Better Healthcare Services / News
In light of the current global health concern, we believe it’s essential that we share what we’re doing to protect our carers and patients from COVID-19 as well as the latest government information and advice.
As of 24 March 2020, Prime Minister Boris Johnson announced a 3-week nationwide lockdown. The single most important action we can all take to fight the coronavirus is to stay at home. Doing so will protect the NHS and save lives.
The only reasons to leave home include:
Please note: you must not go out to meet others, not even friends or family.
Understandably, this level of social distancing can have a negative impact on many people’s mental health. Every Mind Matters has released professional advice and tips for managing your mental wellbeing during these difficult times. It also includes guidance for those feeling worried or anxious about the COVID-19 outbreak.
Please visit for more information: www.nhs.uk/oneyou/every-mind-matters/
The novel coronavirus (COVID-19) was identified in Wuhan, China, in late 2019. Since then, it has spread across the globe infecting many countries including Italy, Iran, South Korea, the USA and the UK. By 30 January 2020, the World Health Organisation (WHO) announced the outbreak as a “Public Health Emergency of International Concern” (PHEIC).
COVID-19 is an illness that affects your lungs and airways. Symptoms include:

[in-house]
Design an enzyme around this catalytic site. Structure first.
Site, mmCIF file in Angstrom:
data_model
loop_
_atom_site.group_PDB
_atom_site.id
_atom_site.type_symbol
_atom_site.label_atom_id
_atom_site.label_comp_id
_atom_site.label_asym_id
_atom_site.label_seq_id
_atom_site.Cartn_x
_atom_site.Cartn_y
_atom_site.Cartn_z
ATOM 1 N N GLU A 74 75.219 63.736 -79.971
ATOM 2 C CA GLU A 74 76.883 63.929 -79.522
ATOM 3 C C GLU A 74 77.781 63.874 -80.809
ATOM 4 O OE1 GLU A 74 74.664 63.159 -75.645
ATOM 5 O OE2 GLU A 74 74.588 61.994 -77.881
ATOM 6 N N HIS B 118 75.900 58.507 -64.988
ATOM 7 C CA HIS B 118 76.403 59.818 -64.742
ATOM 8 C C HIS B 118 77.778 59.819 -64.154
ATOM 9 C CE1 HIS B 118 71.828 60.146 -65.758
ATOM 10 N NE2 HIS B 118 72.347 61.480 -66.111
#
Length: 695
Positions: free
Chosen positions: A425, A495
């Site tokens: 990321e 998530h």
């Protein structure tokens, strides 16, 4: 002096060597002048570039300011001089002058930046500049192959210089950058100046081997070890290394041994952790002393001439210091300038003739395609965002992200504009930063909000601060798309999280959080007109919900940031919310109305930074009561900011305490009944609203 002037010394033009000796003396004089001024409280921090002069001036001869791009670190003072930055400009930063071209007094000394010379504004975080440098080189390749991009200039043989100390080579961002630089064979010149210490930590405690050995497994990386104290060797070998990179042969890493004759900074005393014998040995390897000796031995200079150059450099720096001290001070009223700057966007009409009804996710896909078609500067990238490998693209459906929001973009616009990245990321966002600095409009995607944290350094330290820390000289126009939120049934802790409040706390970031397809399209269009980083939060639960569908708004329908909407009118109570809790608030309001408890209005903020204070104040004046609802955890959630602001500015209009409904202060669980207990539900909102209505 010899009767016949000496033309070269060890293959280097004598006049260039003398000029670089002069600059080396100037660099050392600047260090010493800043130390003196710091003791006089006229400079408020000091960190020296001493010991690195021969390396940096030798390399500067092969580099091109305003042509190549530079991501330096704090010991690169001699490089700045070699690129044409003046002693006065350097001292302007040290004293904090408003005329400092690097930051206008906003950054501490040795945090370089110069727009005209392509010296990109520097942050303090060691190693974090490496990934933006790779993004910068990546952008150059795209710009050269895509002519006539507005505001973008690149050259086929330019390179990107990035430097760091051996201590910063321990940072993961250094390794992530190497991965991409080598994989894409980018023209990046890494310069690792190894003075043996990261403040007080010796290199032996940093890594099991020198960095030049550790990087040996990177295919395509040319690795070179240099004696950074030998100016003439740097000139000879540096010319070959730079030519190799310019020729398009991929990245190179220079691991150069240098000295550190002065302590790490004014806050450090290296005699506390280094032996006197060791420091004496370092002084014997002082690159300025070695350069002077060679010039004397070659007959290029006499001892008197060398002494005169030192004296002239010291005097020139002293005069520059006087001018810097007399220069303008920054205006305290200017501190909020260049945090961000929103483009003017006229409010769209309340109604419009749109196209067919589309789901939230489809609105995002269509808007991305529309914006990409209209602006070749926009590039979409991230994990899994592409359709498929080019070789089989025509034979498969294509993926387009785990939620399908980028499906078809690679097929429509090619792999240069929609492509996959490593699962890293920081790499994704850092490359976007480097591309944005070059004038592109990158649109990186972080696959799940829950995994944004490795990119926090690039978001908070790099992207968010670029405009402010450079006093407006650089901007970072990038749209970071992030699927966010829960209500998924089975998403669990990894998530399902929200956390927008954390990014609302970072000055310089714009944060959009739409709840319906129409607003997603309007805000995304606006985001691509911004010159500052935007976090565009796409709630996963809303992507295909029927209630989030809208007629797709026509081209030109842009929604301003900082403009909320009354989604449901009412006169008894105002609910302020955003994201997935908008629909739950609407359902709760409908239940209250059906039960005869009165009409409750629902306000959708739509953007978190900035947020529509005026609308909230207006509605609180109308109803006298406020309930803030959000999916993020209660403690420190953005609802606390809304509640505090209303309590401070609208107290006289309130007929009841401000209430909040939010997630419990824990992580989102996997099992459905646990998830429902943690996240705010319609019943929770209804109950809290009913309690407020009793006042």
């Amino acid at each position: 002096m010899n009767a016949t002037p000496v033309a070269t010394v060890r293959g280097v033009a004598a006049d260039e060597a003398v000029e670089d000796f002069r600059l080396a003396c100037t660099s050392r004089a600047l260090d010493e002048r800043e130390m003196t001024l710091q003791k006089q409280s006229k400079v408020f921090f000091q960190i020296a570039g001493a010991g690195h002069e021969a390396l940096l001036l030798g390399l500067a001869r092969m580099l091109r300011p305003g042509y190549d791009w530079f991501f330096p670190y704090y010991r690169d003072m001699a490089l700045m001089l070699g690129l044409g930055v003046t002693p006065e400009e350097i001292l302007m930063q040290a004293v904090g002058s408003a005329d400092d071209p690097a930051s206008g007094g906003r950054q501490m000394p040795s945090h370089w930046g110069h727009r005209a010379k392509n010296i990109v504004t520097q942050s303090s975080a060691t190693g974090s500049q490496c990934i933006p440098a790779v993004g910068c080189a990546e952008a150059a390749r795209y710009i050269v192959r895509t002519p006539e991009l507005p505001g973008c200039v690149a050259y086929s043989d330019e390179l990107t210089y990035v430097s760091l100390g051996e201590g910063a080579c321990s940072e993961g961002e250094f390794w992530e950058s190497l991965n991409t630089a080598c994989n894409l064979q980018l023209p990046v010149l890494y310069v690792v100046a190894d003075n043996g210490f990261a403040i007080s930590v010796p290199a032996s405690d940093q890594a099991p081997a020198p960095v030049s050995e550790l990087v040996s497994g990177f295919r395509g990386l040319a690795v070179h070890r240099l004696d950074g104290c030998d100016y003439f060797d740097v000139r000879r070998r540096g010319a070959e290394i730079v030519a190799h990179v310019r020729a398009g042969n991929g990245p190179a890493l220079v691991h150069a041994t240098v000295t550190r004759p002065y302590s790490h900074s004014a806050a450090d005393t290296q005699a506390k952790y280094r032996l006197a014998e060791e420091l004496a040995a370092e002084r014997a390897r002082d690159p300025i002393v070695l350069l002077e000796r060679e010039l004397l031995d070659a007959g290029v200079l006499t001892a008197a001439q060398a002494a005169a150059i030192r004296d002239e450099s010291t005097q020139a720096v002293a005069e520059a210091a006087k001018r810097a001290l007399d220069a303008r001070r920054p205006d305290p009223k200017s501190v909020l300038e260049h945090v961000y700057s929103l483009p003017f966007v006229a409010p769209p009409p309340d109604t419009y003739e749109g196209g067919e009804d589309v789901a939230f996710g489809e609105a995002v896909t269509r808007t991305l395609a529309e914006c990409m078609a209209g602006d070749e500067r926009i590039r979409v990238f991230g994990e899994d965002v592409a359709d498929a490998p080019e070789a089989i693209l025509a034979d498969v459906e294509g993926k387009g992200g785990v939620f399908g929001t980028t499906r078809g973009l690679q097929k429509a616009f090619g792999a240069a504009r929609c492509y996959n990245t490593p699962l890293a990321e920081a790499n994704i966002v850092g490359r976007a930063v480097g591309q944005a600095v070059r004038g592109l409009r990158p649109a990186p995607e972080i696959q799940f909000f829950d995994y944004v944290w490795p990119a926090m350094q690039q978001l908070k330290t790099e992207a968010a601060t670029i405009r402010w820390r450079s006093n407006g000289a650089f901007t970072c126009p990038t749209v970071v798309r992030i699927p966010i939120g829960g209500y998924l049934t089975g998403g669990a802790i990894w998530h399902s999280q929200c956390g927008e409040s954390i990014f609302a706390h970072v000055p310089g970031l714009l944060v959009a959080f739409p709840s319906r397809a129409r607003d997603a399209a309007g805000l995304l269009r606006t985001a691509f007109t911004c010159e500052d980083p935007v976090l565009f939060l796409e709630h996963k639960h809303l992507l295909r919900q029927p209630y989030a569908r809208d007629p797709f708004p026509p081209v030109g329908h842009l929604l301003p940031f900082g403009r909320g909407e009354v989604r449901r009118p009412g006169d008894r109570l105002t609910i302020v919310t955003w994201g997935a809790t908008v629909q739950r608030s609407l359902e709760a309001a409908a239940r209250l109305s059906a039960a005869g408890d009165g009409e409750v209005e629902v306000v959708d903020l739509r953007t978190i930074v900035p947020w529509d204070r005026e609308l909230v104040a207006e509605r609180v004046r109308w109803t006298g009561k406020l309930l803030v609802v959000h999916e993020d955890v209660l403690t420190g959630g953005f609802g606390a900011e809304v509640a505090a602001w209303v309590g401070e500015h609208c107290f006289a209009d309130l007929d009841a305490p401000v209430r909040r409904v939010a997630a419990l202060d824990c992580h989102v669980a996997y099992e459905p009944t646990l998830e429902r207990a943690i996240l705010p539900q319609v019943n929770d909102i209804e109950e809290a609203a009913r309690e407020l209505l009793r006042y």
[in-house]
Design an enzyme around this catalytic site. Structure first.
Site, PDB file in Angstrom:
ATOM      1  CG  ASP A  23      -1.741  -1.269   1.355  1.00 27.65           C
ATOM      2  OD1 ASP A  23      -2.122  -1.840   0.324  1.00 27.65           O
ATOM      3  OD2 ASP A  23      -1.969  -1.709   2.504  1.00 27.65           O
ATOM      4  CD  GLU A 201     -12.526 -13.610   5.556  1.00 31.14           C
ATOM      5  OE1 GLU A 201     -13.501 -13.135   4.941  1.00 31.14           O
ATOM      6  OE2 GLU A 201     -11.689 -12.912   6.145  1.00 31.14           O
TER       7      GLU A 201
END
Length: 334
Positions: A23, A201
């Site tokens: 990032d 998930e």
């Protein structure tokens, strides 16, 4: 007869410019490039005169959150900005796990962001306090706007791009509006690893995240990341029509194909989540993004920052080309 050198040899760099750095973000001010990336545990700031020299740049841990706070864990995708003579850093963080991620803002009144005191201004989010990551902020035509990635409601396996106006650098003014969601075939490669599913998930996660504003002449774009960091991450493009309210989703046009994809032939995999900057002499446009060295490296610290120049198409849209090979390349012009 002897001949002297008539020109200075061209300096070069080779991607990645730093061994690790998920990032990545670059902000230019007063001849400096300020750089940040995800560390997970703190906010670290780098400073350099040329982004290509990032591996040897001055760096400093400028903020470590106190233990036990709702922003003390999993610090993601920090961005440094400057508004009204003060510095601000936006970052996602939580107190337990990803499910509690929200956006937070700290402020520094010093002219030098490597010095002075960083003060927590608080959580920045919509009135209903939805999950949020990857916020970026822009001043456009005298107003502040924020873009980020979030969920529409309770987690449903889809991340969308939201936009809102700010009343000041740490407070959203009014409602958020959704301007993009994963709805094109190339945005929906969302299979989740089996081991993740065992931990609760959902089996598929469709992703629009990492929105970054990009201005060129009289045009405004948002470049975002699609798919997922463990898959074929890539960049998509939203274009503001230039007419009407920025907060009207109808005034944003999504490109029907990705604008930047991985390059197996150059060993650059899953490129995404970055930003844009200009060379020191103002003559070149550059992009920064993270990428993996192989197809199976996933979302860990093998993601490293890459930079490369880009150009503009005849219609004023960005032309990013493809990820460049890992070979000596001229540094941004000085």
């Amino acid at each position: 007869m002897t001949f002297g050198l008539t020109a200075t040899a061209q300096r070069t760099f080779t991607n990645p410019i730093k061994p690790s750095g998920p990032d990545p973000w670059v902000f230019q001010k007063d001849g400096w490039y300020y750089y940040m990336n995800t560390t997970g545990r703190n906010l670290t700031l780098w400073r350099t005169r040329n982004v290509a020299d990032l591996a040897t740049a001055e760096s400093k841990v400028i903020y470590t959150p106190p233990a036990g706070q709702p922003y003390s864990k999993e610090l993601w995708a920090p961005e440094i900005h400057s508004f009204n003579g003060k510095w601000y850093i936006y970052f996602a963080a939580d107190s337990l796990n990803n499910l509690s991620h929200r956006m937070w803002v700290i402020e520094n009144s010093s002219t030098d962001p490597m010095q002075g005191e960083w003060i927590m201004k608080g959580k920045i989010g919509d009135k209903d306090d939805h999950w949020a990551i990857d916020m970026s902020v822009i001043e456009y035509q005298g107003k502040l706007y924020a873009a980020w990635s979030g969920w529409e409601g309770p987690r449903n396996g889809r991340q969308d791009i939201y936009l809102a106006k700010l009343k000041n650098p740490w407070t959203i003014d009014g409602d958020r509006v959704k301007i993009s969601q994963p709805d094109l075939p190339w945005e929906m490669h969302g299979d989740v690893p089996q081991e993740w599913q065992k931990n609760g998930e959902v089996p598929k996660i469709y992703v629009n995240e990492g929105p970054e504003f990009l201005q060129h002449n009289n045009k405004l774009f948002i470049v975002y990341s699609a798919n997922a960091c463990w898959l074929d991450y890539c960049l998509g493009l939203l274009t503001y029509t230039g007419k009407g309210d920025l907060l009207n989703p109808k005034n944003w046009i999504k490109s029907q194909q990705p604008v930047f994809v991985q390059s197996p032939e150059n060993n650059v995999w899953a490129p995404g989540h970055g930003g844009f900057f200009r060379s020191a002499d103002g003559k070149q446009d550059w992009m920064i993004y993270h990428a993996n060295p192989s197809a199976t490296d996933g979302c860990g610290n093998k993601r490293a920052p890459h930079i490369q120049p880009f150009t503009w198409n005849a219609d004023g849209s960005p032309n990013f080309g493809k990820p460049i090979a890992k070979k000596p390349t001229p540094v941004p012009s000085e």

In some cases, the coronavirus can cause people to become severely ill.
People of all ages can be infected with the coronavirus. According to the NHS, older people and people with pre-existing health conditions such as diabetes, asthma and heart disease are more prone to becoming severely ill.
In these severe cases, the coronavirus infection cause pneumonia, kidney failure and severe acute respiratory syndrome (SARS-CoV). Unfortunately, people have passed away due to severe cases.
This virus is spread in large droplets by coughing and sneezing. These droplets can land on anyone in the vicinity or on surfaces and can be inhaled or picked up on hands and transferred when a person touches their face. All surfaces where these droplets land is infectious for about a week on average, however, that depends on a few factors such as:
Please note that face masks are not effective in preventing someone from catching the virus. If you do prefer to wear facemasks, make sure they’re worn correctly, removed properly, changed frequently and disposed of safely in a closed bin.
To reduce your risk of catching the coronavirus, make sure you:
We understand that this new illness is a significant concern for everyone; the population is increasingly concerned about who they come into contact with and how to remain safe. We also recognise that there are some people still in need of home care or live-in care support and healthcare organisations in need of staff during any shortages.
To set your mind at ease, we thought it prudent to let you (our readers) know the steps Better Healthcare is taking to manage the current and ongoing situation.